The Short Film Boom
Thanks to streaming, lessened attention spans and a thirst for hard-hitting stories, short films are making themselves popular with cinephiles
Short films are, slowly but surely, taking India by storm. Until a few years ago, only film circles were exposed to them, but of late they’ve been racking up hundreds of thousands–sometimes millions–of views online. The times they are a-changing: thanks to the streaming boom, lessened attention spans, and a thirst for hard-hitting stories that Bollywood often ignores. Themes like substance abuse, domestic violence, class divides, and LGBTQ+ representation have found tasteful treatment through this medium. Even for those just looking to be entertained, there’s a sea of options, from psychological thrillers to romantic comedies.
There’s no better time for ShortsTV to catch the nation’s attention. It’s the first 24/7 TV channel broadcasting short films, and has been available around the world for a little over a decade. A couple of months ago it made its Indian debut on Tata Sky and has seen a rapid rise in subscriptions in a very short time. This past weekend, ShortsTV had another treat lined up for cinephiles: screening all the Oscar-nominated short films of 2019 at select PVR Cinemas.
Last week, we caught a glimpse of a few of these films at an exclusive press preview. At Soho House’s 11-storey townhouse in Juhu, the endearing traditional dÃ©cor enhanced the experience. In the elegant screening room, ShortsTV’s Head of Global Partnerships Tarun Sawhney gave the opening address, discussing the market potential of shorts. He illuminated ShortsTV’s long-term vision in India–to provide a platform for filmmakers from all walks of life, and expand our film festival scene so that artists don’t need to run abroad to flaunt their stories.
We caught four of the nominated flicks, each followed by a brief vignette of the film’s creators talking about their motivations.
Bao (US, Directed by Domee Shi)
Some of us may remember this as the strange, yet adorable flick that accompanied Incredibles 2 late last year. It’s the story of a Chinese-American woman who’s shocked to find that one of her delicious dumplings has come to life, and she goes on to raise it like her own child. This unexpectedly emotional tale was born from the creator’s love of Chinese food and her attempt to understand her relationship with her own mother. This film won the Oscar for Best Animated Short this year at the 91st Academy Awards.
One Small Step (US/China, Directed by Bobby Pontillas & Andrew Chesworth)
From TAIKO Studios comes a stirring short that dives into the parental bond: between a humble father and his ambitious young girl. One Small Step introduces us to Luna, a little Chinese-American girl who imagines a life as an astronaut. The unrelenting support of her shoe-maker father is the highlight of the film. It’s a love letter to those who encourage us to dream big, and is sure to bring a tear to your eye.
Detainment (Ireland, Directed by Vincent Lambe)
Two ten-year old boys skip school to spread mischief at a local mall. They notice a baby boy walking around, his family nowhere in sight. The kids lure him outside to have some fun, but playful misbehavior soon turns into something much, much darker. Based on a true case that shook Britain’s conscience in 1993, this film recreates the kids’ conversations with the police. A truly harrowing watch.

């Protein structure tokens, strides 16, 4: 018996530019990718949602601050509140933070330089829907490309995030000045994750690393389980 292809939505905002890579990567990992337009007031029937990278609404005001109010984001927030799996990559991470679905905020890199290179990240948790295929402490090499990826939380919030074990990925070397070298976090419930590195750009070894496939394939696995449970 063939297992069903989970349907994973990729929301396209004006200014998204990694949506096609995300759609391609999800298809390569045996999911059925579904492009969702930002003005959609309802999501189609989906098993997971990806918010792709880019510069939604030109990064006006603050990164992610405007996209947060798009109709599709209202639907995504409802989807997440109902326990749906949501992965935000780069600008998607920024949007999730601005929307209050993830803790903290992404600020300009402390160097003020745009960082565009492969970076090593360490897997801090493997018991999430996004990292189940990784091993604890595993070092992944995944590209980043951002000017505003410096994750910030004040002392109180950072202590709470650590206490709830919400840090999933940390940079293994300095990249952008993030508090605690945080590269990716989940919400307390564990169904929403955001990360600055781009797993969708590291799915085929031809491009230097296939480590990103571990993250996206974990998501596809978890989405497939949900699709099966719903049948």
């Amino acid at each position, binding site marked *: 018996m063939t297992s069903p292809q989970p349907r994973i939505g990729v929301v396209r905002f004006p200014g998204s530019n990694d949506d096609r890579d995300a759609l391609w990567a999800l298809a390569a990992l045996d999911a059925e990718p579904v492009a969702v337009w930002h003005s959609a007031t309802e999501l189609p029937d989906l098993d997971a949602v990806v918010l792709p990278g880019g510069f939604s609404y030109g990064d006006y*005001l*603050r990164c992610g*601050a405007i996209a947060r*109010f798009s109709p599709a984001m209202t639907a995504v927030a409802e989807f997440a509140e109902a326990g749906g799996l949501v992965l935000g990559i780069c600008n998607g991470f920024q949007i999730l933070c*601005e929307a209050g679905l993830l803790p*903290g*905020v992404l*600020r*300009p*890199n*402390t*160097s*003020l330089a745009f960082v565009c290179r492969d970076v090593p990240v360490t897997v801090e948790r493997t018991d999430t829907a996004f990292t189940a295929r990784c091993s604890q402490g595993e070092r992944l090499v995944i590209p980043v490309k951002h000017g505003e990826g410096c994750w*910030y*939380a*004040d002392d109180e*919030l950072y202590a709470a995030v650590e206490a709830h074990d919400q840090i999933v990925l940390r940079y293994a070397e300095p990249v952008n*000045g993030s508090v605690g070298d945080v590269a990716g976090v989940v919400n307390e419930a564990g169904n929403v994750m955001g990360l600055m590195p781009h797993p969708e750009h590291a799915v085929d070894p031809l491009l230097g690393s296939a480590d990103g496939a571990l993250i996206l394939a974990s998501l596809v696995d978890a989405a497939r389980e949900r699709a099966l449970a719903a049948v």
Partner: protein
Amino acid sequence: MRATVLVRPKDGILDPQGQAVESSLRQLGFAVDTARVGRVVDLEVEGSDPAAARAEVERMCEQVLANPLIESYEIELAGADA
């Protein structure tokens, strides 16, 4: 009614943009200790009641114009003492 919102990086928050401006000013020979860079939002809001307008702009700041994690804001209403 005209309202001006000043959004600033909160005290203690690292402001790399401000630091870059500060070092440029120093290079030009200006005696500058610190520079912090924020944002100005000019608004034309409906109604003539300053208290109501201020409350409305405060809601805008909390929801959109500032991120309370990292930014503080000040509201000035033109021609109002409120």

Period. End of Sentence. (US/India, Directed by Rayka Zehtabchi)
This charming documentary is set in a rural village outside Delhi, where a group of women learn to make and market their own sanitary pads. It’s a gentle look at a very serious problem: the menstruation taboo in India and the effect it has on girls’ education, mindset and day-to-day life. It’s a delight to watch the insightful and witty women of Period find their liberation in being able to talk freely about menstrual health and the film went on to win the Best Documentary Short Subject at the 91st Academy Awards this year.
Over a sumptuous lunch, the good people from Shorts TV discussed the struggles and victories of the initiative with us. Chintan Sarda, VP of Content Acquisition in India, shed light on how partnering with ShortsTV can help budding creators earn money off their work, and reach a global audience. The increased access to filmmaking tools, sometimes just a smartphone, has given a chance even to the most clueless of storytellers to put themselves out there. Mr.Sarda, a short filmmaker himself, worked with veteran Bollywood actor Jackie Shroff on the riveting Shunyata. He explained how shorts have pierced the mainstream, with A-list directors and actors being drawn to the medium. The relatively lower commitment, and lower restrictions on content, gives them a chance to experiment. Global Head of Marketing & Partnerships, Sebastian De Lame, broke down ShortsTV’s broadcast schedule for the coming year, which will feature a whopping 700 hours of content, of which a third will be homegrown.
While this may paint a rosy picture, the obstacles are undeniable: like convincing the public to get a subscription despite having access to hours of free content online. Sourcing high-quality films from within the country, and keeping the broadcast schedule fresh, might prove to be a formidable challenge. Additionally, India’s strict censorship and culturally and politically-motivated restrictions means that provocative stories might not make the cut at all. A lot of films could be relegated to late-night slots, and more extreme content scrapped completely.
However, the session left us hungry for things to come. For the creatives among us, it was a sign of hope: that India might one day have a thriving festival circuit, and a true alternative to our dynastic film industry.